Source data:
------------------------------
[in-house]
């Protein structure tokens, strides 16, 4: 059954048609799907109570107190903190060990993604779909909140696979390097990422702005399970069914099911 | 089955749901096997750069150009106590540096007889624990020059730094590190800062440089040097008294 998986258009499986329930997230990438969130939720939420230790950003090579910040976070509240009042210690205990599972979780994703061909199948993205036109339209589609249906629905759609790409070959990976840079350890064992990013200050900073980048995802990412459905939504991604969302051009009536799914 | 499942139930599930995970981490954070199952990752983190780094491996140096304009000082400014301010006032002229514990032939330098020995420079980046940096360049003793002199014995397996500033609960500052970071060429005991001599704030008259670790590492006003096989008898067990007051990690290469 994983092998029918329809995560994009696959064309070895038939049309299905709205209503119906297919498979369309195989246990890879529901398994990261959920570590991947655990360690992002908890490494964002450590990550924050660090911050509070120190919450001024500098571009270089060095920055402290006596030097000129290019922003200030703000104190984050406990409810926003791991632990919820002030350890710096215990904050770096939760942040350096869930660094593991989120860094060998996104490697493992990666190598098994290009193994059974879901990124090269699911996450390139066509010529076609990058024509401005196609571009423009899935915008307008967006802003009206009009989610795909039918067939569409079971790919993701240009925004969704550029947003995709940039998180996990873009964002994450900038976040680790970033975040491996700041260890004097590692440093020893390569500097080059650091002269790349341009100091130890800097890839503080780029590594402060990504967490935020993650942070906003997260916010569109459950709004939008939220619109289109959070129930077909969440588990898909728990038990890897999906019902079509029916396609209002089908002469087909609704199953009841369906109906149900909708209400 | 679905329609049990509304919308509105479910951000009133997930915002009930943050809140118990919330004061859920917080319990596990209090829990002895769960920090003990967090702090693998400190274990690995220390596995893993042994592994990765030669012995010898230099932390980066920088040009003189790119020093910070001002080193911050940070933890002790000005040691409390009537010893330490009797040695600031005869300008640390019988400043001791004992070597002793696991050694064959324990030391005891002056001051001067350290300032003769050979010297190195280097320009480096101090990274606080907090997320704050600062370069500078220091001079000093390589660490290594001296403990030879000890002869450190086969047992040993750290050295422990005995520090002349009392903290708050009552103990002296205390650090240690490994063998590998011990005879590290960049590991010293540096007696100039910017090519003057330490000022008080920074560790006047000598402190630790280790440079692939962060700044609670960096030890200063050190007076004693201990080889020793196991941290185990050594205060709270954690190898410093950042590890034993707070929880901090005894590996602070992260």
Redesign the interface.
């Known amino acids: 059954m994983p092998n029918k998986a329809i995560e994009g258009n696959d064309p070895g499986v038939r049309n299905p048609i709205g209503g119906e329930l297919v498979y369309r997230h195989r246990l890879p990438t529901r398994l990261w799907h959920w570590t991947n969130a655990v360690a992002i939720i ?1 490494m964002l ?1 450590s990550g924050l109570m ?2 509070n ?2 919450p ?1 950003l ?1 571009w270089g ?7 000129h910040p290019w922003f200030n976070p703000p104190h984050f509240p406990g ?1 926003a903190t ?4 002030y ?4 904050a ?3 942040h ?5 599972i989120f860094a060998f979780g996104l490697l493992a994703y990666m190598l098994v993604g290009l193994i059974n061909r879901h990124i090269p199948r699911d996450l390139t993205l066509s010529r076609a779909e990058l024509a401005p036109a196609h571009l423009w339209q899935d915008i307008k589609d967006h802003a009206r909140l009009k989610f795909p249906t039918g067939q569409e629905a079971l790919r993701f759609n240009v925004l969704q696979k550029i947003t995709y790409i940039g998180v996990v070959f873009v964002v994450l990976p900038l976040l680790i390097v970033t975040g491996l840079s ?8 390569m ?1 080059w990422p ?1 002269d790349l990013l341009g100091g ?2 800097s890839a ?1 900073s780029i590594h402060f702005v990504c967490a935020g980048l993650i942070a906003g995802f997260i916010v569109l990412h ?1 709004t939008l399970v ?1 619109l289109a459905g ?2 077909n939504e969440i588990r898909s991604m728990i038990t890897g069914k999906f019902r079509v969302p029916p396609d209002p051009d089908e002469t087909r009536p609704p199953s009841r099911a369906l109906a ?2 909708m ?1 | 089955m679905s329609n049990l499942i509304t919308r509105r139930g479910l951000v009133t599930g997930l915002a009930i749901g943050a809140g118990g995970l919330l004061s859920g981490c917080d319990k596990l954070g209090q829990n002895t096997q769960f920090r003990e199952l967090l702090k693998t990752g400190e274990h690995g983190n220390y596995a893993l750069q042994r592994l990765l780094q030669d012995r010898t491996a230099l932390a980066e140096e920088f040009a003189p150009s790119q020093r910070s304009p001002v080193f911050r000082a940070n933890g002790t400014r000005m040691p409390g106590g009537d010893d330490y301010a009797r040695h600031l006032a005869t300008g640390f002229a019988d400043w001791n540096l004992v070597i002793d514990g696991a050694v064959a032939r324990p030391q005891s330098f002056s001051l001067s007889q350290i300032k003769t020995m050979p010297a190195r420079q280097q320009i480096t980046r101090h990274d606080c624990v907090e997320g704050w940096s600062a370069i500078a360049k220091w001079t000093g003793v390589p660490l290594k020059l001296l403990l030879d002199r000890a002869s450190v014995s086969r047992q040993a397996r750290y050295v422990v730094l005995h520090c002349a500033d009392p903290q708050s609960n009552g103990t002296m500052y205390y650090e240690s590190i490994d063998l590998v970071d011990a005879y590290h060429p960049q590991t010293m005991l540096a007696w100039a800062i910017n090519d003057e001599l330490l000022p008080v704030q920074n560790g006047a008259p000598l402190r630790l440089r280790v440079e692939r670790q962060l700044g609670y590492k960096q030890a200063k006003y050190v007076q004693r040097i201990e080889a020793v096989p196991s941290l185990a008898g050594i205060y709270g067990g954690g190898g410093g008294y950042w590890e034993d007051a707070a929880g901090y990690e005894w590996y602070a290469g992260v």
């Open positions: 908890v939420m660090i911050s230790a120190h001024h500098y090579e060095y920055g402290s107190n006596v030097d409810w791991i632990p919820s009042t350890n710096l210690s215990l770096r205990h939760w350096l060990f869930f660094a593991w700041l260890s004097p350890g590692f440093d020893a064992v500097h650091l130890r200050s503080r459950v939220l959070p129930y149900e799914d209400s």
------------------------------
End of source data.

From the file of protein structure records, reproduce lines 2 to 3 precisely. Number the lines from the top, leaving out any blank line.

């Protein structure tokens, strides 16, 4: 059954048609799907109570107190903190060990993604779909909140696979390097990422702005399970069914099911 | 089955749901096997750069150009106590540096007889624990020059730094590190800062440089040097008294 998986258009499986329930997230990438969130939720939420230790950003090579910040976070509240009042210690205990599972979780994703061909199948993205036109339209589609249906629905759609790409070959990976840079350890064992990013200050900073980048995802990412459905939504991604969302051009009536799914 | 499942139930599930995970981490954070199952990752983190780094491996140096304009000082400014301010006032002229514990032939330098020995420079980046940096360049003793002199014995397996500033609960500052970071060429005991001599704030008259670790590492006003096989008898067990007051990690290469 994983092998029918329809995560994009696959064309070895038939049309299905709205209503119906297919498979369309195989246990890879529901398994990261959920570590991947655990360690992002908890490494964002450590990550924050660090911050509070120190919450001024500098571009270089060095920055402290006596030097000129290019922003200030703000104190984050406990409810926003791991632990919820002030350890710096215990904050770096939760942040350096869930660094593991989120860094060998996104490697493992990666190598098994290009193994059974879901990124090269699911996450390139066509010529076609990058024509401005196609571009423009899935915008307008967006802003009206009009989610795909039918067939569409079971790919993701240009925004969704550029947003995709940039998180996990873009964002994450900038976040680790970033975040491996700041260890004097590692440093020893390569500097080059650091002269790349341009100091130890800097890839503080780029590594402060990504967490935020993650942070906003997260916010569109459950709004939008939220619109289109959070129930077909969440588990898909728990038990890897999906019902079509029916396609209002089908002469087909609704199953009841369906109906149900909708209400 | 679905329609049990509304919308509105479910951000009133997930915002009930943050809140118990919330004061859920917080319990596990209090829990002895769960920090003990967090702090693998400190274990690995220390596995893993042994592994990765030669012995010898230099932390980066920088040009003189790119020093910070001002080193911050940070933890002790000005040691409390009537010893330490009797040695600031005869300008640390019988400043001791004992070597002793696991050694064959324990030391005891002056001051001067350290300032003769050979010297190195280097320009480096101090990274606080907090997320704050600062370069500078220091001079000093390589660490290594001296403990030879000890002869450190086969047992040993750290050295422990005995520090002349009392903290708050009552103990002296205390650090240690490994063998590998011990005879590290960049590991010293540096007696100039910017090519003057330490000022008080920074560790006047000598402190630790280790440079692939962060700044609670960096030890200063050190007076004693201990080889020793196991941290185990050594205060709270954690190898410093950042590890034993707070929880901090005894590996602070992260």
Redesign the interface.